This song tells of an explosion of either firedamp or coaldust which took place at the Trimdon Grange colliery in South County Durham on 16 February 1882. Seventy-four miners were killed. One of the common (but unofficial) fund-raising methods in such cases was to write and sell songs about the disaster on the streets. Tommy Armstrong wrote these lyrics to the tune of the ballad "Go and Leave Me If You Wish It" which is best known in America as "Columbus Stockade". Martin Carthy learned the song from Bob Davenport and recorded it on his 1974 album, "Sweet Wivelsfeld". It was reissued in 2003 using the name "The Trimdon Grange Explosion". Lyrics and chords of this song can be found here: http://www.raymondfolk.com/page/Trimdon+Grange You can see a playlist of my mining songs here: http://www.youtube.com/view_play_list?p=CF909DA14CE415DF For lyrics and chords of all my songs, please see my website: http://raymondfolk.wikifoundry.com
Views: 1962 raymondcrooke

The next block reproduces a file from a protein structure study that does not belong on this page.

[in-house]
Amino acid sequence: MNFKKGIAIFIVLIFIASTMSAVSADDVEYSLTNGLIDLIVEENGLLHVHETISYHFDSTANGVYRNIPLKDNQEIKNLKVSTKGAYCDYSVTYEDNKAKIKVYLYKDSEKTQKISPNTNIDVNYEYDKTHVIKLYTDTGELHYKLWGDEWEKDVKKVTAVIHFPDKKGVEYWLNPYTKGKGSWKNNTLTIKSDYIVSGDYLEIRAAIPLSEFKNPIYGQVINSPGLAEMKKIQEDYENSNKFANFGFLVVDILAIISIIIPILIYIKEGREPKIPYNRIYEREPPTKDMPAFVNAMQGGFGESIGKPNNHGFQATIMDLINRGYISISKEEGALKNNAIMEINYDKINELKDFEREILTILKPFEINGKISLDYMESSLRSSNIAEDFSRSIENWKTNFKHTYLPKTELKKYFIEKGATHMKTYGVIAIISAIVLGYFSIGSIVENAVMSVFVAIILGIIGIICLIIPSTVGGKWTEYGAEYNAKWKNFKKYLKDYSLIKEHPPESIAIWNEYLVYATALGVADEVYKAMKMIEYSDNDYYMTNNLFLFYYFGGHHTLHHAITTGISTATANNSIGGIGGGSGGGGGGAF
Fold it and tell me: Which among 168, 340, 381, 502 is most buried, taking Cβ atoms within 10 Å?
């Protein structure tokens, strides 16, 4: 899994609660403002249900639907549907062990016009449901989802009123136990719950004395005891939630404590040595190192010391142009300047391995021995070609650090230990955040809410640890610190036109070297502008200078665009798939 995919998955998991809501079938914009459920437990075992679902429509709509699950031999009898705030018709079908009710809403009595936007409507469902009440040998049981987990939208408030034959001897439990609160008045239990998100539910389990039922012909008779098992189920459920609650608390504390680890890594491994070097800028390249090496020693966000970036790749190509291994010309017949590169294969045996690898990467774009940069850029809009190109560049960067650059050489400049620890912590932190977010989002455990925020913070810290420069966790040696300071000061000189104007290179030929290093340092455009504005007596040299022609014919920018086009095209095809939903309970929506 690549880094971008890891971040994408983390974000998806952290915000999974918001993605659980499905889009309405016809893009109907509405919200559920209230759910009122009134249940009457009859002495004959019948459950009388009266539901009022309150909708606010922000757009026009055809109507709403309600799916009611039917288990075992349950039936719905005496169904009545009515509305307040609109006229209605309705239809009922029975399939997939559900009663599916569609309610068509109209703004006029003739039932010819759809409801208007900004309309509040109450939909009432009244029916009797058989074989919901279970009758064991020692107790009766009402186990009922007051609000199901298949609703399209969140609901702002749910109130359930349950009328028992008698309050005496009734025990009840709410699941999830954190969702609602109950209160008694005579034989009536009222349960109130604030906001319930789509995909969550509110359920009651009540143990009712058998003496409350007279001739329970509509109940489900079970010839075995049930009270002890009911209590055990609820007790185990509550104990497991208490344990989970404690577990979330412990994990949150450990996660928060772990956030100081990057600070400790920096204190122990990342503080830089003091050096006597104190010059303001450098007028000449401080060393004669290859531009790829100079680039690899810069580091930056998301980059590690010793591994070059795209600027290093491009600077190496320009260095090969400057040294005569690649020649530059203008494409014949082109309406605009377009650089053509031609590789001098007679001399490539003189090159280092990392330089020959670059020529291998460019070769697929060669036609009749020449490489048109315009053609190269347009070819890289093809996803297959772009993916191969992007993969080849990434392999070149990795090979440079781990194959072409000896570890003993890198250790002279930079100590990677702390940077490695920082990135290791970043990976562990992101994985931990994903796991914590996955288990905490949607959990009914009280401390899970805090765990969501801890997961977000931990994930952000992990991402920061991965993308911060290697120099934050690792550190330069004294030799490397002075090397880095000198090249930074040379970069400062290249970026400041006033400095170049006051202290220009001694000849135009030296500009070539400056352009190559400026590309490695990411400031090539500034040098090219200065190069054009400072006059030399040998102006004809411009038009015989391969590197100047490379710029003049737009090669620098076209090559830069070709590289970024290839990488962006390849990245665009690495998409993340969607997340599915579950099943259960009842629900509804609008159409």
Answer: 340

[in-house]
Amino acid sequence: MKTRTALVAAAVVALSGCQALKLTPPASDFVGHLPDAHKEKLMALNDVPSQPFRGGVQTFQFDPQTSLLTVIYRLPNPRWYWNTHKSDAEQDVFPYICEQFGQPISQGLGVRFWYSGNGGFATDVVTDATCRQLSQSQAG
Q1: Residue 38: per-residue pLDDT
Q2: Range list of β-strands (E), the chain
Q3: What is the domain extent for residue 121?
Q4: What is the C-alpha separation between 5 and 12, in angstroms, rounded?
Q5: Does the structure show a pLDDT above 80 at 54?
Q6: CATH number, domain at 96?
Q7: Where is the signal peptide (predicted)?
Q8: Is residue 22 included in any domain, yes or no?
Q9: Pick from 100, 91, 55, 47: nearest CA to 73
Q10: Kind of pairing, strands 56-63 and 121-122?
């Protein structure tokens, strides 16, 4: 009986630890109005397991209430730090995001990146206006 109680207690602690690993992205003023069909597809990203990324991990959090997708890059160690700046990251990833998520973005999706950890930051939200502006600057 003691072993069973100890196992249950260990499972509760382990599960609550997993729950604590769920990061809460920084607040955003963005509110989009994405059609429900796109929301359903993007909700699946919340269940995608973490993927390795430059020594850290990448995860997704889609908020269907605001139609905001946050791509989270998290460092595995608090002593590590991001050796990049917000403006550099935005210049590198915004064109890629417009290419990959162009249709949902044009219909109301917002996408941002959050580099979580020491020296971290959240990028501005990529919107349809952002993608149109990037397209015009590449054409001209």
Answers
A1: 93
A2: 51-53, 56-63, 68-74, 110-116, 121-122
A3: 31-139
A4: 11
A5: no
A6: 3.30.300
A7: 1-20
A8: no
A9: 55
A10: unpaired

via YouTube Capture
Views: 187 James Simpson
Sadly, the quality of this video was lost as it sat in a basement for thirty years! This is segment 6 of 7 of a TV episode called "Mining Songs", which was part of a series for Sudbury Community Television (Cable 7) called "Northern Lights". Recorded on March 8,1984, Stewart Cameron sings songs from England, Scotland & Wales about mining. "The Trimdon Grange Explosion", is another song by Tommy Armstrong (1848 -- 1920).
Views: 121 Stewart Cameron
Deaf Hill is a village in County Durham, England. It is 7lksituated a short distance to the east of Trimdon Colliery. The origin of the name is not known. The alternative name for the village is Trimdon Station. Locally Deaf Hill is thought to have been called Death Hill. People believed if children were passed through the fork of a sycamore tree they would be cured of diphtheria, inevitably they died and the spot was called Death Hill. The name was changed as more people settled there. This was something told to me as a child, I'm not sure how factual it is."No one seems to know how this pit got its name of Deaf Hill, but the nearest guess is that in days of long ago, if land was very poor, the old farmers would say it was ‘deed’ or ‘dead’ land, which perhaps has grown into the word deaf. The rising land behind the pit is called Sleepy Hill, which does not sound very productive." https://en.wikipedia.org/wiki/Deaf_Hill